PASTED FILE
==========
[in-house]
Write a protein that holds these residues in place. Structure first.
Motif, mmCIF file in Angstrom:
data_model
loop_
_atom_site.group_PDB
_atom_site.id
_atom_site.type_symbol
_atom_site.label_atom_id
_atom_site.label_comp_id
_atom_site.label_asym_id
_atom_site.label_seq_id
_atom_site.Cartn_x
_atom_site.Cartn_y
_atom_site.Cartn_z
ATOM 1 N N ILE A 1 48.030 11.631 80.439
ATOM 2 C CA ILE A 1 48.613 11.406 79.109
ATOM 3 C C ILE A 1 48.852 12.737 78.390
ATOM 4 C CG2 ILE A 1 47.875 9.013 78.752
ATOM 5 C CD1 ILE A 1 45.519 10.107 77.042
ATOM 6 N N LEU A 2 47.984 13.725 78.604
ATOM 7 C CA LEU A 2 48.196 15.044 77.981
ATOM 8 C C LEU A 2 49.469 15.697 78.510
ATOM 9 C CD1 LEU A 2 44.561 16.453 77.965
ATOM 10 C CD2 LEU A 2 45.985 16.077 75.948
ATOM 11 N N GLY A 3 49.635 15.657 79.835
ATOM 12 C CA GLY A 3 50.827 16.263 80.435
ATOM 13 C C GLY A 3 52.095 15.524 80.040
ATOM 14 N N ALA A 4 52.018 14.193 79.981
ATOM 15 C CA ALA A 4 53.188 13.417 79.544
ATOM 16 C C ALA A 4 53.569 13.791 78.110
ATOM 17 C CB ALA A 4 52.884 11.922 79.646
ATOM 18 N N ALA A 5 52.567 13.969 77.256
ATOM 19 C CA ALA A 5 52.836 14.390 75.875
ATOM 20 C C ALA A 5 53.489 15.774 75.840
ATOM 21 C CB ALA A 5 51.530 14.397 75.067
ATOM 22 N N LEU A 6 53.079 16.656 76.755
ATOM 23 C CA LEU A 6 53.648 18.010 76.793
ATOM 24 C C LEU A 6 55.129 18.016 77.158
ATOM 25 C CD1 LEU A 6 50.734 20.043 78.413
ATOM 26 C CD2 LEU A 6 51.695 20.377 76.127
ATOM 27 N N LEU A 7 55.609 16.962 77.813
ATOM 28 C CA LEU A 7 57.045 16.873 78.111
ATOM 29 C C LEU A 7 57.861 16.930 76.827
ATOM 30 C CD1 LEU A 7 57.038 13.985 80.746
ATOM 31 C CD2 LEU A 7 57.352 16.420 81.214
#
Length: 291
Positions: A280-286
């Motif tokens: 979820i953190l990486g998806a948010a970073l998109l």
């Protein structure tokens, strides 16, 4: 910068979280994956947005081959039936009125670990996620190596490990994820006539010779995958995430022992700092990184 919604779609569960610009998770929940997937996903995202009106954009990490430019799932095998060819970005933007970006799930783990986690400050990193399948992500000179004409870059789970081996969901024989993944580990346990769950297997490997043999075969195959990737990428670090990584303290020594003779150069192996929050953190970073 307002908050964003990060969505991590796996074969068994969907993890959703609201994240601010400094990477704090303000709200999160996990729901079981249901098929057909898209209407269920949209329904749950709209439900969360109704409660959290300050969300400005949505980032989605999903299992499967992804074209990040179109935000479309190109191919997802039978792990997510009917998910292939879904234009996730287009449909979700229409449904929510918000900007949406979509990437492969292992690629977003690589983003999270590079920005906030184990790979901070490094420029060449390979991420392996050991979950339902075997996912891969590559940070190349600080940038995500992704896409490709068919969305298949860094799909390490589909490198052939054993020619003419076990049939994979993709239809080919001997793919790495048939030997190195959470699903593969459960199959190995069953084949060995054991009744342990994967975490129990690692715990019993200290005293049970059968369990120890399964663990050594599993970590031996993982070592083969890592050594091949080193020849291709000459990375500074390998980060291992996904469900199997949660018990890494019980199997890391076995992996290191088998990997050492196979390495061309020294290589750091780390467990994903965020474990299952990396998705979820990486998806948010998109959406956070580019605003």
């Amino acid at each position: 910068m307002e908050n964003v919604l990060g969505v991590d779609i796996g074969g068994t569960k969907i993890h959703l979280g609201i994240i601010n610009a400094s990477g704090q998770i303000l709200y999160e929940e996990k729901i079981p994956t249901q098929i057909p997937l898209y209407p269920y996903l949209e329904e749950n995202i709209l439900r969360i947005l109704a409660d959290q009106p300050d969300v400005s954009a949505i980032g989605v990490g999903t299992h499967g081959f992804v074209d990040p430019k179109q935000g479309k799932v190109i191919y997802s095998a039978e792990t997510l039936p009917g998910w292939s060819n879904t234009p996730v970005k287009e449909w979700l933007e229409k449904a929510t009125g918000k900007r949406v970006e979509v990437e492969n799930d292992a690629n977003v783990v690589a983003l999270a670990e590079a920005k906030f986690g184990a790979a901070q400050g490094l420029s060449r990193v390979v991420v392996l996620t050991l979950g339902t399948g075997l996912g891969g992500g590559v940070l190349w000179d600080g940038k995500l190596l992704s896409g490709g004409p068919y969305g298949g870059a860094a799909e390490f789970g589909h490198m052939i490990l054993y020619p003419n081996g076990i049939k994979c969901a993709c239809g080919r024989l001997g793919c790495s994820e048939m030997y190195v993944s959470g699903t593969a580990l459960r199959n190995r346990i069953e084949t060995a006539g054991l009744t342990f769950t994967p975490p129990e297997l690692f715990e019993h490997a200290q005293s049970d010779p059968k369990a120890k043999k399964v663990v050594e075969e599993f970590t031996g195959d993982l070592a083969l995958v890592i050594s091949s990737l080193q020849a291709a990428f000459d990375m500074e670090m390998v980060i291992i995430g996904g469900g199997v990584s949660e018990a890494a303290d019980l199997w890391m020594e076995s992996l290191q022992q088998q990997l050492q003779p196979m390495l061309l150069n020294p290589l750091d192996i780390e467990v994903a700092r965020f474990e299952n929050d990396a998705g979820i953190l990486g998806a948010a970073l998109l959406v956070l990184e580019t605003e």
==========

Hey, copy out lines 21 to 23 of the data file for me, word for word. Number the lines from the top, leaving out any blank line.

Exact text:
ATOM 6 N N LEU A 2 47.984 13.725 78.604
ATOM 7 C CA LEU A 2 48.196 15.044 77.981
ATOM 8 C C LEU A 2 49.469 15.697 78.510